Solar panels putting emergency services communications at risk: Telecom Agency
The growing number of solar panels in the Netherlands poses a risk to the emergency services' communications systems, the Telecom Agency said in its annual report. Some solar panel components, like cables and inverters, act like antennae that can cause noise on the emergency services networks, or prevent connection. With more and more solar panels installed, the risk of disruptions is increasing, Eric Lucas of the Telecom Agency said to NOS.
This involves the C2000 system used by the police, fire brigade, and ambulance services to communicate with each other, but also systems used in shipping and air traffic. According to the Telecom Agency, problems have been reported with more than 100 of the 600 C2000 masts in the Netherlands. The problems are not yet insurmountable, Lucas said. "But we also want to prevent that, which is why we are on top of it."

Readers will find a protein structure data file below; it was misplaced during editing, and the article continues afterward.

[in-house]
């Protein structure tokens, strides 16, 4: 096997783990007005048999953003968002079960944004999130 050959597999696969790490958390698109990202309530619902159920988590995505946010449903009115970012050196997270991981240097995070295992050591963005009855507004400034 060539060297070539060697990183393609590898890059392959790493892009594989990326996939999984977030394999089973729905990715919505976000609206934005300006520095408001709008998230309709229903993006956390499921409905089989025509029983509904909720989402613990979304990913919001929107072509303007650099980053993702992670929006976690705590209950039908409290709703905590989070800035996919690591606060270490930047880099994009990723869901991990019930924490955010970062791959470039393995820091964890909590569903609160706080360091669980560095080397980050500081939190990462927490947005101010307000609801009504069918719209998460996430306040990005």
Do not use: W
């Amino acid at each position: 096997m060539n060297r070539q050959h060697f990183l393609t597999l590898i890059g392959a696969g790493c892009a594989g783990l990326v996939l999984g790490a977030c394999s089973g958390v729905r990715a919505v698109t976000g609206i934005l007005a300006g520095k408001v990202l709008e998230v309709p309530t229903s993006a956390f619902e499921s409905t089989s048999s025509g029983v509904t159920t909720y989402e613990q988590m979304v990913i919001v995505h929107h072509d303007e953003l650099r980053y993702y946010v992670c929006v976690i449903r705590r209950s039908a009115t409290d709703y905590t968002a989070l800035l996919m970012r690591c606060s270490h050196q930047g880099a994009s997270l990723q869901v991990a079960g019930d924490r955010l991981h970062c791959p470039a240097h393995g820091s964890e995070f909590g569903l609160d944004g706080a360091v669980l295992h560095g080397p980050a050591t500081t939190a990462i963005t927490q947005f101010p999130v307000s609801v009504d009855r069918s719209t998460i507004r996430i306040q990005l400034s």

It is up to installers and manufacturers to ensure that their solar panels don't interfere with the emergency services' communications, but there are suppliers who do not meet the legal requirements, the Telecom Agency said. When solar panels just hit the market, there were many cowboys who did not take the rules very seriously, according to Lucas. That is no longer the case, "but sometimes something slips through," he said. Companies are instructed to adapt their equipment if this happens.
The Telecom Agency has tips on its website on how to prevent your solar panels from causing problems.